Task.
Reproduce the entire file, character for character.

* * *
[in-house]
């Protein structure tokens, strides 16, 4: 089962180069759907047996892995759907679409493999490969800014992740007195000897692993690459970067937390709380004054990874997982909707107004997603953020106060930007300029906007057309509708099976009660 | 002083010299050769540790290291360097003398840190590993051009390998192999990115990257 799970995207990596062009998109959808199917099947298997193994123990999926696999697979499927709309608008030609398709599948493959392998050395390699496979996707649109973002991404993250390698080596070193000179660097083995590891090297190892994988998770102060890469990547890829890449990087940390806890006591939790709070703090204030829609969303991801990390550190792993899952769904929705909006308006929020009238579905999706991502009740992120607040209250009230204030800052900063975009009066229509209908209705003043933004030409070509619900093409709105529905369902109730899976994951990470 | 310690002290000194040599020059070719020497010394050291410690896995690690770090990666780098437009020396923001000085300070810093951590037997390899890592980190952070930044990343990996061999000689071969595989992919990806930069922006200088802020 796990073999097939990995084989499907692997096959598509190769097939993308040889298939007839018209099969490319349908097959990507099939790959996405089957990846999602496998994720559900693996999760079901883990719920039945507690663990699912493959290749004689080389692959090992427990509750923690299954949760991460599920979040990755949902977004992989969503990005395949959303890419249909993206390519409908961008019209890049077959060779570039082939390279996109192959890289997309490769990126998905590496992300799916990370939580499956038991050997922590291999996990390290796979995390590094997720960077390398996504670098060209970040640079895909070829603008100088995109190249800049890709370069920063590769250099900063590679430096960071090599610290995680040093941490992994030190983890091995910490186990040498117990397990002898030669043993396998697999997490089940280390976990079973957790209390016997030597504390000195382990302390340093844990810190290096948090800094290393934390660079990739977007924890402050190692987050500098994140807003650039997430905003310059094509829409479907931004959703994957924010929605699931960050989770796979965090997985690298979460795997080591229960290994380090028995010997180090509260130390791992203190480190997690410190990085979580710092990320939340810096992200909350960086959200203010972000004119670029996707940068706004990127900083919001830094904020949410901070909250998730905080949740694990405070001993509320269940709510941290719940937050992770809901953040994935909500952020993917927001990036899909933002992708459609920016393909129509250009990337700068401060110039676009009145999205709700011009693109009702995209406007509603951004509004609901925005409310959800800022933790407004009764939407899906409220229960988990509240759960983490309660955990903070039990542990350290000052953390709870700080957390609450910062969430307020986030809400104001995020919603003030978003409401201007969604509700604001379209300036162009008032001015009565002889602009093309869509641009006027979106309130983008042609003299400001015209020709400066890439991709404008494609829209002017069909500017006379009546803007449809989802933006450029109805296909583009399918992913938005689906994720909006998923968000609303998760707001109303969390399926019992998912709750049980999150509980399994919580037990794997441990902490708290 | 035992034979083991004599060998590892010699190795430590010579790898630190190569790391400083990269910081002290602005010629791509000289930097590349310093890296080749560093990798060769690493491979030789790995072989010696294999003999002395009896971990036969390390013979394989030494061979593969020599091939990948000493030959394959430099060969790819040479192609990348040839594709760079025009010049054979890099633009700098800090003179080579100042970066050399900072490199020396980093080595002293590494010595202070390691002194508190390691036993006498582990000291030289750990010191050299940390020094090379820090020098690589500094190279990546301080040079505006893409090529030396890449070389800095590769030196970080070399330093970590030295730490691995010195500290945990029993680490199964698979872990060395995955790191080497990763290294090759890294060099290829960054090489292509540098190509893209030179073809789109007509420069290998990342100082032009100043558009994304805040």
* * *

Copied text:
[in-house]
């Protein structure tokens, strides 16, 4: 089962180069759907047996892995759907679409493999490969800014992740007195000897692993690459970067937390709380004054990874997982909707107004997603953020106060930007300029906007057309509708099976009660 | 002083010299050769540790290291360097003398840190590993051009390998192999990115990257 799970995207990596062009998109959808199917099947298997193994123990999926696999697979499927709309608008030609398709599948493959392998050395390699496979996707649109973002991404993250390698080596070193000179660097083995590891090297190892994988998770102060890469990547890829890449990087940390806890006591939790709070703090204030829609969303991801990390550190792993899952769904929705909006308006929020009238579905999706991502009740992120607040209250009230204030800052900063975009009066229509209908209705003043933004030409070509619900093409709105529905369902109730899976994951990470 | 310690002290000194040599020059070719020497010394050291410690896995690690770090990666780098437009020396923001000085300070810093951590037997390899890592980190952070930044990343990996061999000689071969595989992919990806930069922006200088802020 796990073999097939990995084989499907692997096959598509190769097939993308040889298939007839018209099969490319349908097959990507099939790959996405089957990846999602496998994720559900693996999760079901883990719920039945507690663990699912493959290749004689080389692959090992427990509750923690299954949760991460599920979040990755949902977004992989969503990005395949959303890419249909993206390519409908961008019209890049077959060779570039082939390279996109192959890289997309490769990126998905590496992300799916990370939580499956038991050997922590291999996990390290796979995390590094997720960077390398996504670098060209970040640079895909070829603008100088995109190249800049890709370069920063590769250099900063590679430096960071090599610290995680040093941490992994030190983890091995910490186990040498117990397990002898030669043993396998697999997490089940280390976990079973957790209390016997030597504390000195382990302390340093844990810190290096948090800094290393934390660079990739977007924890402050190692987050500098994140807003650039997430905003310059094509829409479907931004959703994957924010929605699931960050989770796979965090997985690298979460795997080591229960290994380090028995010997180090509260130390791992203190480190997690410190990085979580710092990320939340810096992200909350960086959200203010972000004119670029996707940068706004990127900083919001830094904020949410901070909250998730905080949740694990405070001993509320269940709510941290719940937050992770809901953040994935909500952020993917927001990036899909933002992708459609920016393909129509250009990337700068401060110039676009009145999205709700011009693109009702995209406007509603951004509004609901925005409310959800800022933790407004009764939407899906409220229960988990509240759960983490309660955990903070039990542990350290000052953390709870700080957390609450910062969430307020986030809400104001995020919603003030978003409401201007969604509700604001379209300036162009008032001015009565002889602009093309869509641009006027979106309130983008042609003299400001015209020709400066890439991709404008494609829209002017069909500017006379009546803007449809989802933006450029109805296909583009399918992913938005689906994720909006998923968000609303998760707001109303969390399926019992998912709750049980999150509980399994919580037990794997441990902490708290 | 035992034979083991004599060998590892010699190795430590010579790898630190190569790391400083990269910081002290602005010629791509000289930097590349310093890296080749560093990798060769690493491979030789790995072989010696294999003999002395009896971990036969390390013979394989030494061979593969020599091939990948000493030959394959430099060969790819040479192609990348040839594709760079025009010049054979890099633009700098800090003179080579100042970066050399900072490199020396980093080595002293590494010595202070390691002194508190390691036993006498582990000291030289750990010191050299940390020094090379820090020098690589500094190279990546301080040079505006893409090529030396890449070389800095590769030196970080070399330093970590030295730490691995010195500290945990029993680490199964698979872990060395995955790191080497990763290294090759890294060099290829960054090489292509540098190509893209030179073809789109007509420069290998990342100082032009100043558009994304805040």